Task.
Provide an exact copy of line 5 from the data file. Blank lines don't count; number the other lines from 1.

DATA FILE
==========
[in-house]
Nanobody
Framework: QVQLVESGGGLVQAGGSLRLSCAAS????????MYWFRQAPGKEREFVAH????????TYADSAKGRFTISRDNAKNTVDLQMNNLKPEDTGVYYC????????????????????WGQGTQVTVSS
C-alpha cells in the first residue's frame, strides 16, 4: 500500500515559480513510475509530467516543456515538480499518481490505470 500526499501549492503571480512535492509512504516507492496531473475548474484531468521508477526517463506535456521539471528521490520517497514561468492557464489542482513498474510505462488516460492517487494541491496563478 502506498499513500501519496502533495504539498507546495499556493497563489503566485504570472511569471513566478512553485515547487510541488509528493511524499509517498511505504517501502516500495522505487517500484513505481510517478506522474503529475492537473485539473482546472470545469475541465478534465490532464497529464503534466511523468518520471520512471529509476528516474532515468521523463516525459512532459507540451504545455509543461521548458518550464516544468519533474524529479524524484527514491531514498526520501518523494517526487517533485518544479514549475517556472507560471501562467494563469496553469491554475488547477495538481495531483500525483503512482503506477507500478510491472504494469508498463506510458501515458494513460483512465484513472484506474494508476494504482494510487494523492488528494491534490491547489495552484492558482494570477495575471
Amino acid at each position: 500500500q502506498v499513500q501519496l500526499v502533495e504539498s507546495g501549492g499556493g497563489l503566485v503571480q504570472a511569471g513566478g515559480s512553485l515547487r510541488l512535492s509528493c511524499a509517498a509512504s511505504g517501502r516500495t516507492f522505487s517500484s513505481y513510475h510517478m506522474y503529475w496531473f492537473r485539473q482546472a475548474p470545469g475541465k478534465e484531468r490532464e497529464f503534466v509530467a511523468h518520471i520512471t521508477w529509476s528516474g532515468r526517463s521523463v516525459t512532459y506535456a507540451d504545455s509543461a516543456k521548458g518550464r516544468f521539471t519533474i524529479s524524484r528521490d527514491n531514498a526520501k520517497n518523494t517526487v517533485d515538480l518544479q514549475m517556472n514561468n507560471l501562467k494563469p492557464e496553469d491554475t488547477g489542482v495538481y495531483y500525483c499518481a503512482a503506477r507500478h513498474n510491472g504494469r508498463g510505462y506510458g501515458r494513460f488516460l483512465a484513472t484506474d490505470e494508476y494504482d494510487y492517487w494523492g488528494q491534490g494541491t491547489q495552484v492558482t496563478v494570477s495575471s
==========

Amino acid at each position: 500500500q502506498v499513500q501519496l500526499v502533495e504539498s507546495g501549492g499556493g497563489l503566485v503571480q504570472a511569471g513566478g515559480s512553485l515547487r510541488l512535492s509528493c511524499a509517498a509512504s511505504g517501502r516500495t516507492f522505487s517500484s513505481y513510475h510517478m506522474y503529475w496531473f492537473r485539473q482546472a475548474p470545469g475541465k478534465e484531468r490532464e497529464f503534466v509530467a511523468h518520471i520512471t521508477w529509476s528516474g532515468r526517463s521523463v516525459t512532459y506535456a507540451d504545455s509543461a516543456k521548458g518550464r516544468f521539471t519533474i524529479s524524484r528521490d527514491n531514498a526520501k520517497n518523494t517526487v517533485d515538480l518544479q514549475m517556472n514561468n507560471l501562467k494563469p492557464e496553469d491554475t488547477g489542482v495538481y495531483y500525483c499518481a503512482a503506477r507500478h513498474n510491472g504494469r508498463g510505462y506510458g501515458r494513460f488516460l483512465a484513472t484506474d490505470e494508476y494504482d494510487y492517487w494523492g488528494q491534490g494541491t491547489q495552484v492558482t496563478v494570477s495575471s